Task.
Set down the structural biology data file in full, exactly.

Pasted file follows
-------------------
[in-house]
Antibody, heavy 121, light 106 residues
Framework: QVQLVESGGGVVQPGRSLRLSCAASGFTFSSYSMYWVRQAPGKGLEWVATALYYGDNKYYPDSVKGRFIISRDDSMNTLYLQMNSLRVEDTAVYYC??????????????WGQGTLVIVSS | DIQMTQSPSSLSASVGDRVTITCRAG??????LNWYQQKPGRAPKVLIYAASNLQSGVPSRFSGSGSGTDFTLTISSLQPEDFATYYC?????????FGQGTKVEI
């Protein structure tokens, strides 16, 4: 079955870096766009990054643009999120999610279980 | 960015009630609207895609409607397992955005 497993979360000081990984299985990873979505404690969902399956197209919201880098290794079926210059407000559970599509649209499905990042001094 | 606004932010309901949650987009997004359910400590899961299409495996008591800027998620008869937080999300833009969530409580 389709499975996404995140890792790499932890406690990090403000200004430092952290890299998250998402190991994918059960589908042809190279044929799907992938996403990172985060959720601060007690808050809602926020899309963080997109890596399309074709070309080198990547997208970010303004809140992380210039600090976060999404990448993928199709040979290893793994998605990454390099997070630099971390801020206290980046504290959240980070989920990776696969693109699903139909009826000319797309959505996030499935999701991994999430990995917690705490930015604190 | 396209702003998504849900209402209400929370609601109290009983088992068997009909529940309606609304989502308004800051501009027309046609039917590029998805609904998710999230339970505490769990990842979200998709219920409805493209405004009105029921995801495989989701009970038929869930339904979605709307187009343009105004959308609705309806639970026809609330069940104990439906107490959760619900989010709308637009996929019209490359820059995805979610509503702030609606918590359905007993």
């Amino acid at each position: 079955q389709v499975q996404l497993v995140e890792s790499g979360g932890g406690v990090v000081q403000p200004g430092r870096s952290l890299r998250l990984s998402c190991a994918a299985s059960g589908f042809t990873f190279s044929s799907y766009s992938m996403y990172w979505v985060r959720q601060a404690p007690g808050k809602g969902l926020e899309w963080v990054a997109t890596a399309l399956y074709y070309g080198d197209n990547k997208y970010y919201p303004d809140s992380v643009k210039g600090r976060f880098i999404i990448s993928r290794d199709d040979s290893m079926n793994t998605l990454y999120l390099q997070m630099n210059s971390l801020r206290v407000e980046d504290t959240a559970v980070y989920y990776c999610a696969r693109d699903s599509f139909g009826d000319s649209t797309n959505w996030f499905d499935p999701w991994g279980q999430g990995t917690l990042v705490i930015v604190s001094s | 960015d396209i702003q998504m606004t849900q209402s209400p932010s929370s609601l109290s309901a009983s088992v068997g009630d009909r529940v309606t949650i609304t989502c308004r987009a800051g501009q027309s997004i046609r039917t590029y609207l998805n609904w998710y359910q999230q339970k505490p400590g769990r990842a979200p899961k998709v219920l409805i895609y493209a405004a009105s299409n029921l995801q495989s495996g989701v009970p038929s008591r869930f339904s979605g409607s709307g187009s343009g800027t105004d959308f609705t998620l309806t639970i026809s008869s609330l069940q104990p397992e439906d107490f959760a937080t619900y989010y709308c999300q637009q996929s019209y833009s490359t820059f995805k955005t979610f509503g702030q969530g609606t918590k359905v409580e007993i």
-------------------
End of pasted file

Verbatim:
[in-house]
Antibody, heavy 121, light 106 residues
Framework: QVQLVESGGGVVQPGRSLRLSCAASGFTFSSYSMYWVRQAPGKGLEWVATALYYGDNKYYPDSVKGRFIISRDDSMNTLYLQMNSLRVEDTAVYYC??????????????WGQGTLVIVSS | DIQMTQSPSSLSASVGDRVTITCRAG??????LNWYQQKPGRAPKVLIYAASNLQSGVPSRFSGSGSGTDFTLTISSLQPEDFATYYC?????????FGQGTKVEI
């Protein structure tokens, strides 16, 4: 079955870096766009990054643009999120999610279980 | 960015009630609207895609409607397992955005 497993979360000081990984299985990873979505404690969902399956197209919201880098290794079926210059407000559970599509649209499905990042001094 | 606004932010309901949650987009997004359910400590899961299409495996008591800027998620008869937080999300833009969530409580 389709499975996404995140890792790499932890406690990090403000200004430092952290890299998250998402190991994918059960589908042809190279044929799907992938996403990172985060959720601060007690808050809602926020899309963080997109890596399309074709070309080198990547997208970010303004809140992380210039600090976060999404990448993928199709040979290893793994998605990454390099997070630099971390801020206290980046504290959240980070989920990776696969693109699903139909009826000319797309959505996030499935999701991994999430990995917690705490930015604190 | 396209702003998504849900209402209400929370609601109290009983088992068997009909529940309606609304989502308004800051501009027309046609039917590029998805609904998710999230339970505490769990990842979200998709219920409805493209405004009105029921995801495989989701009970038929869930339904979605709307187009343009105004959308609705309806639970026809609330069940104990439906107490959760619900989010709308637009996929019209490359820059995805979610509503702030609606918590359905007993």
């Amino acid at each position: 079955q389709v499975q996404l497993v995140e890792s790499g979360g932890g406690v990090v000081q403000p200004g430092r870096s952290l890299r998250l990984s998402c190991a994918a299985s059960g589908f042809t990873f190279s044929s799907y766009s992938m996403y990172w979505v985060r959720q601060a404690p007690g808050k809602g969902l926020e899309w963080v990054a997109t890596a399309l399956y074709y070309g080198d197209n990547k997208y970010y919201p303004d809140s992380v643009k210039g600090r976060f880098i999404i990448s993928r290794d199709d040979s290893m079926n793994t998605l990454y999120l390099q997070m630099n210059s971390l801020r206290v407000e980046d504290t959240a559970v980070y989920y990776c999610a696969r693109d699903s599509f139909g009826d000319s649209t797309n959505w996030f499905d499935p999701w991994g279980q999430g990995t917690l990042v705490i930015v604190s001094s | 960015d396209i702003q998504m606004t849900q209402s209400p932010s929370s609601l109290s309901a009983s088992v068997g009630d009909r529940v309606t949650i609304t989502c308004r987009a800051g501009q027309s997004i046609r039917t590029y609207l998805n609904w998710y359910q999230q339970k505490p400590g769990r990842a979200p899961k998709v219920l409805i895609y493209a405004a009105s299409n029921l995801q495989s495996g989701v009970p038929s008591r869930f339904s979605g409607s709307g187009s343009g800027t105004d959308f609705t998620l309806t639970i026809s008869s609330l069940q104990p397992e439906d107490f959760a937080t619900y989010y709308c999300q637009q996929s019209y833009s490359t820059f995805k955005t979610f509503g702030q969530g609606t918590k359905v409580e007993i």